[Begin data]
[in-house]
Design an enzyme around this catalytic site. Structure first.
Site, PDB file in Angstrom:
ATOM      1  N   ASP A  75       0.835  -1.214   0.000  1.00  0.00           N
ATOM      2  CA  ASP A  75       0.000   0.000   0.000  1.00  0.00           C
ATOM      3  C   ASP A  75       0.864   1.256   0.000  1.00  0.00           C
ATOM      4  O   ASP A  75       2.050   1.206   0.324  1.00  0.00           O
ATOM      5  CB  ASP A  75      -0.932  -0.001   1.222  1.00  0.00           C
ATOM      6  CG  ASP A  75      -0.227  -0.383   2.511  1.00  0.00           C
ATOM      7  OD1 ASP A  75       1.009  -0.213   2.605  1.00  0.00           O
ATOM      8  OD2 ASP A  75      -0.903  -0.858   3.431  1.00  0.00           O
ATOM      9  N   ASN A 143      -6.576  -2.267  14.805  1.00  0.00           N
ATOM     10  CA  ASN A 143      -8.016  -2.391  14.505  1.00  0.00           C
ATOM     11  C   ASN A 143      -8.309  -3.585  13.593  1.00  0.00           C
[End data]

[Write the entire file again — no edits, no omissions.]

[in-house]
Design an enzyme around this catalytic site. Structure first.
Site, PDB file in Angstrom:
ATOM      1  N   ASP A  75       0.835  -1.214   0.000  1.00  0.00           N
ATOM      2  CA  ASP A  75       0.000   0.000   0.000  1.00  0.00           C
ATOM      3  C   ASP A  75       0.864   1.256   0.000  1.00  0.00           C
ATOM      4  O   ASP A  75       2.050   1.206   0.324  1.00  0.00           O
ATOM      5  CB  ASP A  75      -0.932  -0.001   1.222  1.00  0.00           C
ATOM      6  CG  ASP A  75      -0.227  -0.383   2.511  1.00  0.00           C
ATOM      7  OD1 ASP A  75       1.009  -0.213   2.605  1.00  0.00           O
ATOM      8  OD2 ASP A  75      -0.903  -0.858   3.431  1.00  0.00           O
ATOM      9  N   ASN A 143      -6.576  -2.267  14.805  1.00  0.00           N
ATOM     10  CA  ASN A 143      -8.016  -2.391  14.505  1.00  0.00           C
ATOM     11  C   ASN A 143      -8.309  -3.585  13.593  1.00  0.00           C